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1805: Trafalgar hero living in the High Street

Updated: Apr 7, 2021

Captain John Pilfold and Marshall's Manor

For about seven years a national naval hero, Captain John Pilfold, lived in Cuckfield High Street and regularly welcomed one of the country's leading poets to stay in his home.

Captain Pilfold was a Sussex man, born in Warnham, nr Horsham. He was baptised in 1769 as the son of Charles and Bethia Pilfold. He joined the Royal Navy at the age of 13 and spent the next 24 years learning his seamanship skills on a number of warships before being commissioned as an officer.

Pilfold distinguished himself in the battle of the Glorious First of June in 1794, and was specially recommended by his dying captain, John Harvey of HMS Brunswick, for his bravery and competence. This brought him to the attention of Admiral Howe, who summoned him to his flagship, HMS Queen Charlotte, and was duly promoted to Lieutenant.


Nine years later Lieutenant Pilfold, through accident, found himself in the interim position of acting Captain of his ship, HMS Ajax, before the decisive Battle of Trafalgar on 21 October 1805. As an integral part of Nelson’s daring masterplan, he steered his ship through the enemy fleet firing all 75 guns into the enemy’s warships. This inflicted heavy damage, death and injury while on his own ship, HMS Ajax, the human toll was lighter with two crew killed and 10 wounded.

HMS Ajax

The battle was decisive and the Franco-Spanish fleet lost 22 ships while the British lost none. The victory confirmed Britain’s naval supremacy. Famously Admiral Lord Nelson was shot by a sniper and would die shortly before the battle ended.

In a future article we will bring more details of Pilfold’s experiences in this the most famous of the British naval history with minute-by-minute details recorded in the ship's log.

A hero rewarded

John returned home to a rapturous welcome and the nation recognised his valour by promoting him to Captain. He received the thanks of Parliament, a gold medal, a sword of honour from the Patriotic Fund, an augmentation to his coat of arms and was honoured with a Companion of the Bath.

Pilfold never served at sea again. Two years before the Battle he had married Mary Ann Horner South, who hailed from Donhead in Wiltshire, in the church at Warnham. And, most probably, it was soon after Trafalgar, the battle was fought 21 October 1805 and so most likely early 1806, that Pilfold decided he wanted to settle down to newly married life and to find a property to match his new status in society.

So, at the age of 36, he signed a 10 year lease to rent Marshalls in Cuckfield High Street for £42 12s a year from wealthy landowner Col Warden Sergison who was an officer in the Royal Horse Guards. It’s likely that Pilfold would have enjoyed his company. Warden was socially active in the village and had been High Sheriff of Sussex so he would have been well connected.

Deception of the worst kind

When Warden died in 1811 the new landlord was younger brother, Captain Francis Sergison, who was described as ‘a disreputable character’ and had spent time in a Dublin’s debtors prison. There he had met and fallen in love with a woman, also in debt, and they duly married. To satisfy her husband’s desire for children she later managed to pass off a newly born baby girl from an unmarried mother as their own. Although Captain Francis died within a year - the widow taking over Cuckfield Park’s estate affairs did not go down well and is likely to have hastened Pilfold’s departure from Cuckfield.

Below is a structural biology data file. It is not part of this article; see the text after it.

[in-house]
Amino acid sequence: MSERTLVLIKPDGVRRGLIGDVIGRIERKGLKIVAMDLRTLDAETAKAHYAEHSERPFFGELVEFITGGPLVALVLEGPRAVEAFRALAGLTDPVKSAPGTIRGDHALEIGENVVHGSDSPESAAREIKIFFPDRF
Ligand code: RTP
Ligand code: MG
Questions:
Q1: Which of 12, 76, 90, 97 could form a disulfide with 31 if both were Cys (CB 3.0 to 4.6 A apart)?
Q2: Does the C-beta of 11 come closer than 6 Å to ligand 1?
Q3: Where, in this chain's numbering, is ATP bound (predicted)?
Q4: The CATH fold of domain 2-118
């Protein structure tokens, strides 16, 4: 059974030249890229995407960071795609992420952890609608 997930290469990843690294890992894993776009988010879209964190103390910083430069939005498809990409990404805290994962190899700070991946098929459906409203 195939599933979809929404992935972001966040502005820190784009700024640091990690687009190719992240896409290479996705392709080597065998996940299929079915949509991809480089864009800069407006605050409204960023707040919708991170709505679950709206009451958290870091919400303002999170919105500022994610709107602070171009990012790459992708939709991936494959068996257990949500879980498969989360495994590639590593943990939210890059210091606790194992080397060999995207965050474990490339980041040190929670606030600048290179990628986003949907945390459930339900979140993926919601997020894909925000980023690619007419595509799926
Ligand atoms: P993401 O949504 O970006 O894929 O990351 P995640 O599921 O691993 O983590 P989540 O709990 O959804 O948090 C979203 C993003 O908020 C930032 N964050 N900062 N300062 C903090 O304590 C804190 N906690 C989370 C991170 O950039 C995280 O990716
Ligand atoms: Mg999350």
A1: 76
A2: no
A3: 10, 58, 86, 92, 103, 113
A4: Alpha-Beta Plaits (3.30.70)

Pilfold had hankered for a property of his own and so bought a 79 acre farm called Townlands, in Lindfield in 1813, and also Lunces Farm, Wivelsfield. But in 1824, perhaps because his wife was yearning to return to the West Country, the family left Lindfield bound for new homes in Plymouth and Wales.

He divided his time between farming, minor shore-based naval appointments and funding the lifestyle of his nephew, the famous poet Percy Bysshe Shelly. His wife Mary, in Warnham died in 1832. John had a stroke which left him mentally impaired and dependent on care. He died on 12 July 1834 at Stonehouse in Devon, and was buried at St George's Church in Plymouth. The church was to be flattened by the Luftwaffe in 1942 and his grave no longer exists, but a memorial can be found in Warnham church.

Lindfield, Horsham and Cuckfield all can lay claim to their temporary resident and national hero and can be proud to do so. For accounts suggest, that despite the necessity of keeping strict discipline on board ship, that by nature John Pilfold was a likeable, considerate and generous individual.

But his decline in his retirement matched his slow burn to greatness. But we can be thankful that a few hours of immense bravery made such a significant difference to our nation's standing in the world.

We will also be publishing articles about Pilfold’s Trafalgar and another on his relationship with Shelley.



We strongly recommend the following very well researched book which gives a comprehensive overview of Pilfold’s life and can be bought from Horsham Museum:

‘The life and times of Captain John Pilfold, CB, RN born at Horsham and baptised there 1769’ by Desmond Hawkins, Horsham Museum Society 1998.'

Note: Pilfold's name is sometimes spelled Pilford.

Wikipedia article on John Pilfold

The HMS Ajax picture is from National Maritime Museum, Public domain image.

Contributed by Malcolm Davison.

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